The United States District Court for the District of
Massachusetts recently denied a motion for class certification in a
case asserting that defendants failed to obtain valid assignments
prior to foreclosing. Plaintiffs claimed that, in contravention of
Massachusetts law, defendants' foreclosures were void under the
Massachusetts Supreme Judicial Court's decision in U.S.
Bank Nat'l Ass'n v. Ibanez, 941 N.E.2d 40, (Mass.,
Jan. 7, 2011), because the assignments were recorded after the
foreclosure sales. The Ibanez court held that under
Massachusetts law, an assignment is required before a foreclosure
sale, and that the lack of an assignment renders the foreclosure
sale void and not merely voidable. The District Court here held
that plaintiffs failed to meet the commonality and typicality
requirements of Fed. R. Civ. P. 23(a), holding that, under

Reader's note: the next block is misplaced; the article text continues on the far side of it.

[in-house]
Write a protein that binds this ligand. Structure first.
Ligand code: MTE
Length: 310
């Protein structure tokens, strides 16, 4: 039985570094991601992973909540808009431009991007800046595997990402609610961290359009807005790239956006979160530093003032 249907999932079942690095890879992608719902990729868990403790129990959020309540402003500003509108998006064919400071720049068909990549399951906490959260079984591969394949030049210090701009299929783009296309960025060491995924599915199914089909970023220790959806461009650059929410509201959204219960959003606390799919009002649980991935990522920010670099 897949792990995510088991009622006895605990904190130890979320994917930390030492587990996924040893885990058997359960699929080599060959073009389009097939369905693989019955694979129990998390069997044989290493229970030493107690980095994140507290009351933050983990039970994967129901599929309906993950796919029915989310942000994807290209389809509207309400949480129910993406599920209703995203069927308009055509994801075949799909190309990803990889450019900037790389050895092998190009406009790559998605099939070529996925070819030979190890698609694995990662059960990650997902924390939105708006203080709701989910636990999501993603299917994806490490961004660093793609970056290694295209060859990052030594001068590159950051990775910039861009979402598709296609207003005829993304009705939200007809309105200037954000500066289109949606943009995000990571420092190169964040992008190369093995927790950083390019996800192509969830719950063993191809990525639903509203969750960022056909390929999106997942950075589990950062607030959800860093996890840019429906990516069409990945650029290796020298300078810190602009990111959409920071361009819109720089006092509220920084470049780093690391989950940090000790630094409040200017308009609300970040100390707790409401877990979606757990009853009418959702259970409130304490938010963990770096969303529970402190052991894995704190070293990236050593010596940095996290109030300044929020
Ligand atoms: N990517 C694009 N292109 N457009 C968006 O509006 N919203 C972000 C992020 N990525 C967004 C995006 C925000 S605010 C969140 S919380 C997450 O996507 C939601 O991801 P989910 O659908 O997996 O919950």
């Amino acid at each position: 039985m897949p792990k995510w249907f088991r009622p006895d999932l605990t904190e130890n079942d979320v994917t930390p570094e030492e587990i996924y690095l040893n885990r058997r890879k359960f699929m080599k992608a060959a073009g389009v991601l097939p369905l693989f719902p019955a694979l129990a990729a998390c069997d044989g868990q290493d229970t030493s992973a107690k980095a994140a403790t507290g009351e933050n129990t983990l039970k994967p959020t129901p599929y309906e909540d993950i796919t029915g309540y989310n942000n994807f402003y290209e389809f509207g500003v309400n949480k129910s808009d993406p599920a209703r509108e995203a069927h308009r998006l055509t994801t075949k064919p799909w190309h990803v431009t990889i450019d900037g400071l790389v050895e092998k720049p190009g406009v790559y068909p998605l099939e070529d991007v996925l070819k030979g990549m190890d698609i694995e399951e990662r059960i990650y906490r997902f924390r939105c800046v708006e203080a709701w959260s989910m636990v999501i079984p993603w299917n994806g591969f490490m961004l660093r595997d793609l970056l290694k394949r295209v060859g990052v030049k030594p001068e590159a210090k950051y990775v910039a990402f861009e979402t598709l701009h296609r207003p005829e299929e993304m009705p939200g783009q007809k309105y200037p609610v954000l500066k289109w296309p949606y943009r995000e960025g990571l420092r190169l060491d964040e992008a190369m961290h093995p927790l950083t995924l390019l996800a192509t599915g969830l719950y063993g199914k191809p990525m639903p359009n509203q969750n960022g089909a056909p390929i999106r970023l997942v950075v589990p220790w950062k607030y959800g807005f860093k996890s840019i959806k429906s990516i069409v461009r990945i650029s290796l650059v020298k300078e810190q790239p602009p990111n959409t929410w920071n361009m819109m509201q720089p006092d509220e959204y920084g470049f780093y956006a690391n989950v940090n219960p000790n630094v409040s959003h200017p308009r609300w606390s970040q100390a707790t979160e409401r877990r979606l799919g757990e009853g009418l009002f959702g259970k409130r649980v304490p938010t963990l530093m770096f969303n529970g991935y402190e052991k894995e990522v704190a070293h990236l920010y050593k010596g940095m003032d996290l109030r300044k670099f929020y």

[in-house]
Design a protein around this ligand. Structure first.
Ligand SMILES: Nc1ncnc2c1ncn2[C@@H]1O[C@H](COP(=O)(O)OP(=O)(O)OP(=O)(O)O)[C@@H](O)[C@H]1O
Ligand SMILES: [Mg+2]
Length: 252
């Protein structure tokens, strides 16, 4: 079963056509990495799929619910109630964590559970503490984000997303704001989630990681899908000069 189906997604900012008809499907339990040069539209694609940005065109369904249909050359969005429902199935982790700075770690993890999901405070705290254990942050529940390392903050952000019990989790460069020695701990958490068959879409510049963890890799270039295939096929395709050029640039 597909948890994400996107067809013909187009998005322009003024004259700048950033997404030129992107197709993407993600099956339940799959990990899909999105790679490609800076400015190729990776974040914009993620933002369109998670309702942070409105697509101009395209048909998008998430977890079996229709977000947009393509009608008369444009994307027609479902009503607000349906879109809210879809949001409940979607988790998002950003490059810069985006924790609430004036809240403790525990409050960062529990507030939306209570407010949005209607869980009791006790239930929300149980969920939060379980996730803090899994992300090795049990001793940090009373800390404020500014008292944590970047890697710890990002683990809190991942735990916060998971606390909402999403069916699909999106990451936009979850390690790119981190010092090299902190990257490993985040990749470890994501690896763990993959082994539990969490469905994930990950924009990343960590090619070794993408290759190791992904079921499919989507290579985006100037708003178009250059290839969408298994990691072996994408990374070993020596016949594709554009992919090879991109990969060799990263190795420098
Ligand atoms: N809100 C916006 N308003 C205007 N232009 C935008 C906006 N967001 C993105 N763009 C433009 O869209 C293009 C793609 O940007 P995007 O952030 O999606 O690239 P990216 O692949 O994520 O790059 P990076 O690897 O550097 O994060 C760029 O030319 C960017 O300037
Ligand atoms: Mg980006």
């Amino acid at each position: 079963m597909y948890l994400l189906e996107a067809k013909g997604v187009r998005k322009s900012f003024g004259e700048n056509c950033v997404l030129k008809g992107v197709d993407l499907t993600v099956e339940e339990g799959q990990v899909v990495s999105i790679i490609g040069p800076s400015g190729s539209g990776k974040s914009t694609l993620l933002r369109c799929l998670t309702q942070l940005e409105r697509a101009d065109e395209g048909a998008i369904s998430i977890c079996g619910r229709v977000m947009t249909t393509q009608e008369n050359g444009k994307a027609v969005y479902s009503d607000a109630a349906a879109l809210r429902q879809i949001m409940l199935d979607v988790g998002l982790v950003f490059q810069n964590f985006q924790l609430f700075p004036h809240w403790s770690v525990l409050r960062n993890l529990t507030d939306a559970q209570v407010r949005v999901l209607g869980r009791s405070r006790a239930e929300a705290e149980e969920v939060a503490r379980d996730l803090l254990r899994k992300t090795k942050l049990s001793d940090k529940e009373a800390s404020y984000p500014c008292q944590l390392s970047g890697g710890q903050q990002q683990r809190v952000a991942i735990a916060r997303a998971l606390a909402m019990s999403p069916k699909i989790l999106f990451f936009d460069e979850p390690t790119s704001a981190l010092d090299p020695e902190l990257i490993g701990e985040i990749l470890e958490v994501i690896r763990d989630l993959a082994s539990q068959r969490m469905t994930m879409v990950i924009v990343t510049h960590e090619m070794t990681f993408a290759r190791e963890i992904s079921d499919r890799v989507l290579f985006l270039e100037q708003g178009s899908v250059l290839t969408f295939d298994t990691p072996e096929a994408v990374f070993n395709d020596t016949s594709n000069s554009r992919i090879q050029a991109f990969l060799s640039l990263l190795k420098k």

Wal-Mart Stores, Inc v. Dukes, 131 S. Ct. 2541 (June 20,
2011), a "determination of whether the [Massachusetts
statutory foreclosure requirements were] in fact violated would
require 8,000 highly individualized and case-specific
inquiries." The key issue was that the determination of
whether an assignment existed prior to the recorded assignment
would require a case-by-case analysis. Goodwin Procter partners
James McGarry and Richard Oetheimer represent U.S. Bank, as Trustee
for certain securitization trusts. Click
here for the order.
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